"...there are two weekly newspapers printed in this place....THE CALIFORNIA STAR and THE CALIFORNIAN....and though of small size they are deserving of the support and confidence of the community. They are both printed in English with an occasional article and advertisement in Spanish."

News traveled slowly en route to and from Alta California; San Francisco readers waited weeks to learn of the Treaty of Guadalupe Hidalgo, the end of the war with Mexico, and the annexation of California by the United States Government. The STAR was one of the first in San Francisco to fleetingly report on the discovery of gold in California (some two months after it was first found along the American River). On March 25, 1848, the CALIFORNIA STAR reported in a rather obtuse fashion,

“….So great is the quantity of gold taken from the mine recently found at New Helvetia that it has become an article of traffic in that vicinity….”

The short-lived STAR ran a Marine Journal each week, listing Port of San Francisco arrivals and departures. The STAR booster edition (or “Express Extra”) comprised an overland shipment of some 2500 copies, carried by mule train to the Mississippi Valley – a vivid and effective method of attracting settlers from the East – with a first edition date of April 1, 1848. This title ceased publication with the June 14, 1848 issue – after editor Elbert. P. Jones found himself without a staff; the erstwhile members of his newspaper office crew had unceremoniously abandoned journalism for a try at the gold fields. Some months later, Sam Brannan sold his interest in the by-then idle CALIFORNIA STAR. Purchased initially by Robert Semple, the STAR was later combined with rival paper THE CALIFORNIAN in 1849. Publisher, editor, compositor, and printer Edward C. Kemble (Sam Brannan’s former partner) added two new investors and renamed his property the ALTA CALIFORNIA.

Saturday, January 10, 2009

Awaiting the 44th Presidential Inauguration

There's been quite a buzz lately about the upcoming Presidential Inauguration for President-Elect Barack Obama. With the recent debates surrounding Obama's decision to invite Pastor Rick Warren as a guest speaker to the inauguration, there's been a flurry of news on the media. So how do you keep up with the latest developing stories?

First, check out our selection of article databases. From this page, you'll find an assortment of periodical databases covering various topics. While the Proquest Newspapers database covers news articles from over 300 national and international news sources, you might want to explore news stories from non-print formats as well.

For example, slide down the list to EbscoHost Newspaper Source:

You will need a San Francisco Public Library card to access this database from outside the Library. Next, under Advanced Search, notice that in addition to limiting your search to newspapers and magazines, you can pull up news stories from transcripts and news wires. Let's run a search with the keywords "Obama" and "Rick Warren."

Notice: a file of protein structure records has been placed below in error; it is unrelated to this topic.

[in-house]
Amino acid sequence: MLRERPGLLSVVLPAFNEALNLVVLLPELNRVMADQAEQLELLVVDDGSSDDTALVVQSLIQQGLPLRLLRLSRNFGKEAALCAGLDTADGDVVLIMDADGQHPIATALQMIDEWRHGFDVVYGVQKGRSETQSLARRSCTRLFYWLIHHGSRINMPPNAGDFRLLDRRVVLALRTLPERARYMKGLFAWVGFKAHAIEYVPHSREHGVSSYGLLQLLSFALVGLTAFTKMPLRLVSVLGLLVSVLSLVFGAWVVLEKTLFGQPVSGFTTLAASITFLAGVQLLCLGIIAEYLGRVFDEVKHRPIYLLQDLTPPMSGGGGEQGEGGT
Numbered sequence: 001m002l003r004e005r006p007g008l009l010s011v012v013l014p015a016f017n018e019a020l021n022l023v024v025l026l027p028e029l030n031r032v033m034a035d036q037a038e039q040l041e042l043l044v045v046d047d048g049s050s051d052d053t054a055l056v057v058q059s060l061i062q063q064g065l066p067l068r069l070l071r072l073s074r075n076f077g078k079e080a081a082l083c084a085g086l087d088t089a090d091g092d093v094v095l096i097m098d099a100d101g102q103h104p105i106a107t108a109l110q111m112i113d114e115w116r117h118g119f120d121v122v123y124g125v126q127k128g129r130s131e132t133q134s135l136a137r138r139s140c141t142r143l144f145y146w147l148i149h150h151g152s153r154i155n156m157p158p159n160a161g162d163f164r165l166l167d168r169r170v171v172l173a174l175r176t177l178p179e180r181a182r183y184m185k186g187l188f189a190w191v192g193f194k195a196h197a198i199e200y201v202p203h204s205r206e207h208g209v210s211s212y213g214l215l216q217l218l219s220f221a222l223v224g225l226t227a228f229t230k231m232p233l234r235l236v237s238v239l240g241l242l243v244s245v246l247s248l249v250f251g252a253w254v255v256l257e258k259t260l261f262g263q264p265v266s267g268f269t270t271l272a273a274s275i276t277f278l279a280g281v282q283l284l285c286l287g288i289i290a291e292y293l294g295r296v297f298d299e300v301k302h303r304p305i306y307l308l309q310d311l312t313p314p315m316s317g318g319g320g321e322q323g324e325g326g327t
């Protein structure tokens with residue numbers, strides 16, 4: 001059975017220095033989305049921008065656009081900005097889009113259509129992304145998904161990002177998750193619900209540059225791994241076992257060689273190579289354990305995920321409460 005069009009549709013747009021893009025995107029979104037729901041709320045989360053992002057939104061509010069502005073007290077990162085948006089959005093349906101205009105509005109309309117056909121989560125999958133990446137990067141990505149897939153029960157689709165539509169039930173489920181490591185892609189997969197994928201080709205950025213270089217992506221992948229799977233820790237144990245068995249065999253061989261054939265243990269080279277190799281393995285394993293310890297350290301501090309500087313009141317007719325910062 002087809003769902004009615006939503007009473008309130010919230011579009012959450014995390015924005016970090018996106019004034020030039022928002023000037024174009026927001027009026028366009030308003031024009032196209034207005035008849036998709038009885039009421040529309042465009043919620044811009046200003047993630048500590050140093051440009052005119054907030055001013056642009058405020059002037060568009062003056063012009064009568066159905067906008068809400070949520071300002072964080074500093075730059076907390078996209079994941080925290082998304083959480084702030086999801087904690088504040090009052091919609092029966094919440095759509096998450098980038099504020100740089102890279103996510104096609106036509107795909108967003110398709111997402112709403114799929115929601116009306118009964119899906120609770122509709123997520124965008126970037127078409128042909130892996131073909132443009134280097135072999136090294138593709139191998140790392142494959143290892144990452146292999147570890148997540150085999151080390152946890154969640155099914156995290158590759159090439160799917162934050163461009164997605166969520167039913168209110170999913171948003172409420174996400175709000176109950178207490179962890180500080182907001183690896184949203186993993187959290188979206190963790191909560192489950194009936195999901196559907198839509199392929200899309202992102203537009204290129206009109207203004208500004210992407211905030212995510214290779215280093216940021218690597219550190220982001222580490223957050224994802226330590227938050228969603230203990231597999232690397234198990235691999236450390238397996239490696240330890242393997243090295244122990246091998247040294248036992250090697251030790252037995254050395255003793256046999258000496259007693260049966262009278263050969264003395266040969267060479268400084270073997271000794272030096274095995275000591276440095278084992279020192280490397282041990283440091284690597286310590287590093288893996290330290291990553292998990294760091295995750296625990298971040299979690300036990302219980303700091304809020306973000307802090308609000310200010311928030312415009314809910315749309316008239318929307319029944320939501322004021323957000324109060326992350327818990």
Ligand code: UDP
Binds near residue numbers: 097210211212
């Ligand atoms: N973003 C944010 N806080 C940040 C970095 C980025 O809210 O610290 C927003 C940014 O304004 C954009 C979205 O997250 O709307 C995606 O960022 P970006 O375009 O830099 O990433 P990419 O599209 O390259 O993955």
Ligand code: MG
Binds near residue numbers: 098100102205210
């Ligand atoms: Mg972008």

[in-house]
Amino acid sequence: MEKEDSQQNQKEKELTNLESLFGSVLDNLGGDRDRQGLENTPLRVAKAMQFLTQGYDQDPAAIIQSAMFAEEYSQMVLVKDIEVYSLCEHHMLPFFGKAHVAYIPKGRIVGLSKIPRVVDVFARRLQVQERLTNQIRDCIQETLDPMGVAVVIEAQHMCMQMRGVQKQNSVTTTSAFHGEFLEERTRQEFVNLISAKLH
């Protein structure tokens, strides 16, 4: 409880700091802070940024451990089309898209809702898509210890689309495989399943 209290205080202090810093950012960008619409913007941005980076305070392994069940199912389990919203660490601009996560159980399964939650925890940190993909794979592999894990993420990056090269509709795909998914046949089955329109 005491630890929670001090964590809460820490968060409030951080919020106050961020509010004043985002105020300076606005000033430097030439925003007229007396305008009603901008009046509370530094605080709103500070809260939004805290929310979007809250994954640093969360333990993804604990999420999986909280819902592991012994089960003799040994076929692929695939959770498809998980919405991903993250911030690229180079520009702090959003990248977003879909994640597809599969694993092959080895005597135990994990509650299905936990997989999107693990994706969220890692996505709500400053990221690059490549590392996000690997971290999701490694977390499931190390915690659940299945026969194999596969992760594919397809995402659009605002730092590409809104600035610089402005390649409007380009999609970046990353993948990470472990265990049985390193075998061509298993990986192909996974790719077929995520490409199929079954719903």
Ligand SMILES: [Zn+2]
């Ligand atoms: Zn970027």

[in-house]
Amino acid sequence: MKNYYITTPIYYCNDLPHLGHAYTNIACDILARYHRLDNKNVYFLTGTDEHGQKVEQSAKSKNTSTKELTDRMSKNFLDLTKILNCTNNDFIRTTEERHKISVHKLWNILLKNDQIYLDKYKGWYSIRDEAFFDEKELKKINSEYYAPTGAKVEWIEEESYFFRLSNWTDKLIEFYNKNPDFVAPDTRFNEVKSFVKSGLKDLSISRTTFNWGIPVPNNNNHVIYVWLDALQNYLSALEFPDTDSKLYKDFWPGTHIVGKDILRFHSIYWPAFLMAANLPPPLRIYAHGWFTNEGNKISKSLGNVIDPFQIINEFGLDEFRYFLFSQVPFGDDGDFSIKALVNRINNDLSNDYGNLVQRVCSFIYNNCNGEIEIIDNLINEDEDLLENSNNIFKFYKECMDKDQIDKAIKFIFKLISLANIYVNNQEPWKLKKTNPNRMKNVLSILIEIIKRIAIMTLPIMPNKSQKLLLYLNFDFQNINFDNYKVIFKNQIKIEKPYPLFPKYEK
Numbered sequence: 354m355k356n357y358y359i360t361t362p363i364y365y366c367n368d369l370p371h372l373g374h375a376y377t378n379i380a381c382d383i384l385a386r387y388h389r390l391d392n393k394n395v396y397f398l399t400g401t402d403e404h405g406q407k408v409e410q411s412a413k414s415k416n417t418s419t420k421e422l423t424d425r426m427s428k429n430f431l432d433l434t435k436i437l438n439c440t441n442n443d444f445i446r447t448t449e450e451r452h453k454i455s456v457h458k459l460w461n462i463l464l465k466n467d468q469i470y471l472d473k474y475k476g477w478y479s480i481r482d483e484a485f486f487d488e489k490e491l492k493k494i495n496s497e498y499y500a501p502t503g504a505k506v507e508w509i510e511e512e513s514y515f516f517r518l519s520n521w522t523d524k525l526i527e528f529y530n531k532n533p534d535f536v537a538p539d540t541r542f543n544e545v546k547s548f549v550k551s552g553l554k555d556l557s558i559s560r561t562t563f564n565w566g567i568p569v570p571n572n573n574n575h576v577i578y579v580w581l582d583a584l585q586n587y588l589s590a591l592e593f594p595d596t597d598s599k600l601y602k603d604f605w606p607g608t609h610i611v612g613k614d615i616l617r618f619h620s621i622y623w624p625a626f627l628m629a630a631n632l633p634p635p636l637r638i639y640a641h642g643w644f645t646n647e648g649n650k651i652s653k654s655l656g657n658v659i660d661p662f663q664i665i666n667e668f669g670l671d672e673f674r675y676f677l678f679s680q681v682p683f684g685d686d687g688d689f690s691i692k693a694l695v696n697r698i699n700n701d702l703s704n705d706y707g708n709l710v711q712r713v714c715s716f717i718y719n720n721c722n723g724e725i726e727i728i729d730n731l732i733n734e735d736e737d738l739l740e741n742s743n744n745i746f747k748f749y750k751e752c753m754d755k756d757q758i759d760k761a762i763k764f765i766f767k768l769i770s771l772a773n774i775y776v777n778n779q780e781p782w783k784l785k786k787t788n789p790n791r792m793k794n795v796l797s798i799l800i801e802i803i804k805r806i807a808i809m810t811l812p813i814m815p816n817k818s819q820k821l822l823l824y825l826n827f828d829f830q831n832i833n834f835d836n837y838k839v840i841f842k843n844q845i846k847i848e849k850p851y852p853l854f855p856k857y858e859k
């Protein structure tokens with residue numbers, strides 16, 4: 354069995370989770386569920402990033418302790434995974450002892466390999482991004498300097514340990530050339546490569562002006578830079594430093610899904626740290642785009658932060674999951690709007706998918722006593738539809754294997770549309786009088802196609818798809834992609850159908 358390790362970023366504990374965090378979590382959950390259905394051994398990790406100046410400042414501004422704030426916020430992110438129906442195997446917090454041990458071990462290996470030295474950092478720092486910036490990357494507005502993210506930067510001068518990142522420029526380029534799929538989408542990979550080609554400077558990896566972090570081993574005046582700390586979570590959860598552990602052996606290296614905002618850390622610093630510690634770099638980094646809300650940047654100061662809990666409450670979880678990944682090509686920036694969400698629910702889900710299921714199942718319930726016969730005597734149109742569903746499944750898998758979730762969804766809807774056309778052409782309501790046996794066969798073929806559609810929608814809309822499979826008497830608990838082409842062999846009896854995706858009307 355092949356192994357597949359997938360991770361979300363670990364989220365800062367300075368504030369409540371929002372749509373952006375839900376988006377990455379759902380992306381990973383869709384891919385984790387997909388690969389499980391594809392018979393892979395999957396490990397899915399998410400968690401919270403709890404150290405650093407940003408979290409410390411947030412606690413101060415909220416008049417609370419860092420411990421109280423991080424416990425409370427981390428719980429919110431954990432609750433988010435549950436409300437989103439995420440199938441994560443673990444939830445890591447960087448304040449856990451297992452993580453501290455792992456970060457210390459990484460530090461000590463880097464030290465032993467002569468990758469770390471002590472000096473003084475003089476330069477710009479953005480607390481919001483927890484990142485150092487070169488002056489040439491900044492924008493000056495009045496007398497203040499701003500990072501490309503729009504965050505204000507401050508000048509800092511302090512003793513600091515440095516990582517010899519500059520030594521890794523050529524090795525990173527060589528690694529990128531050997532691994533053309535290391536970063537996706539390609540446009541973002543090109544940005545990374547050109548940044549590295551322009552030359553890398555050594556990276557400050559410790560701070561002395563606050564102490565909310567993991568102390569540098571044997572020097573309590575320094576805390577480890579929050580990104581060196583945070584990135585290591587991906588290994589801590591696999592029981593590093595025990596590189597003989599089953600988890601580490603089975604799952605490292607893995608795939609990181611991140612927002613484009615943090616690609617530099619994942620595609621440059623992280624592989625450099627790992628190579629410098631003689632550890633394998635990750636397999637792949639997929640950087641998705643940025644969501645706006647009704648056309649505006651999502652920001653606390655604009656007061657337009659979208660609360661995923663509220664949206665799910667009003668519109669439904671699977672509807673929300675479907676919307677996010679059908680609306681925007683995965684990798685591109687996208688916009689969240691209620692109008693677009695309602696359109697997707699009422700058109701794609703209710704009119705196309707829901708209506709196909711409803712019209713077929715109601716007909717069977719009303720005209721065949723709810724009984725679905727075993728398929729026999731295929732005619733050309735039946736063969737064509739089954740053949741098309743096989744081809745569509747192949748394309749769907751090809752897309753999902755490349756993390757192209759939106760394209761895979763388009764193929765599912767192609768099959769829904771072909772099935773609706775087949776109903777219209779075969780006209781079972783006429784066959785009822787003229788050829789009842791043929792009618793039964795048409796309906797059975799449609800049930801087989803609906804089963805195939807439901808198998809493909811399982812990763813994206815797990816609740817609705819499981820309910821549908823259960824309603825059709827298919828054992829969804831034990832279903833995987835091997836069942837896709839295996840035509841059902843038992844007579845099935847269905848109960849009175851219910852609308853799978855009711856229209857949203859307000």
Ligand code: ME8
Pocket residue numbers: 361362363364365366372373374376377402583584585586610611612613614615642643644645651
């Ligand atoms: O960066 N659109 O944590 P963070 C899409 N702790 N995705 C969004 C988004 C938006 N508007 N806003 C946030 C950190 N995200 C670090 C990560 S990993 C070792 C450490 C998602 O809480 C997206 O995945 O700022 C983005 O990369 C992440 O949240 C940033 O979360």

Notice the lower-right hand of the screen. You can limit your search to alternative formats such as news wires and transcripts:

After running your search, you will retrieve a series of results from sources such as CNN, FOX News, MSNBC, and more. Select any link from your search results, and you can read the entire transcript of the audio/video news clip as it had originally aired.

The EbscoHost Newspaper Source database covers a wide range of news from over 180 newspapers including full-text transcripts from the radio and television.

Finally, come watch a special viewing of the Presidential Inauguration on Tuesday, January, 20 starting at 9 a.m. in the Koret Auditorium of the Main Library. Tickets for this program can be obtained in advance from the General Collections Reference Desk located on the 3rd Floor of the Main Library. Doors will open at 8:45 A.M. to patrons who already have tickets. Seating will be available on a first come, first served basis after 9 A.M. This special program is co-sponsored by the African American Center.

Saturday, January 3, 2009

Turbo Charge Your Library Card

In a past posting, we introduced 52 ways for you to use your library card. Now that the new year has arrived, you may wish to try out some or all of these 52 activities throughout each week of the year. Don't have a library card yet? The San Francisco Public Library aims to provide equal access to information and has recently launched its virtual eCard. Any California resident can apply for an eCard online, and from there, explore the library's electronic resources which include perusing many periodicals from the Magazines & Newspapers Center online through subscription databases, reading and listening to eBooks and eAudiobooks, and much more.

If you would like to reserve and check out books, magazines, CDs, DVDs, and other library materials, you will need to upgrade to a full-access library card. Just bring a photo ID and proof of your current residential address to any San Francisco Public Library location. For more information on registering online for an eCard, check our FAQ.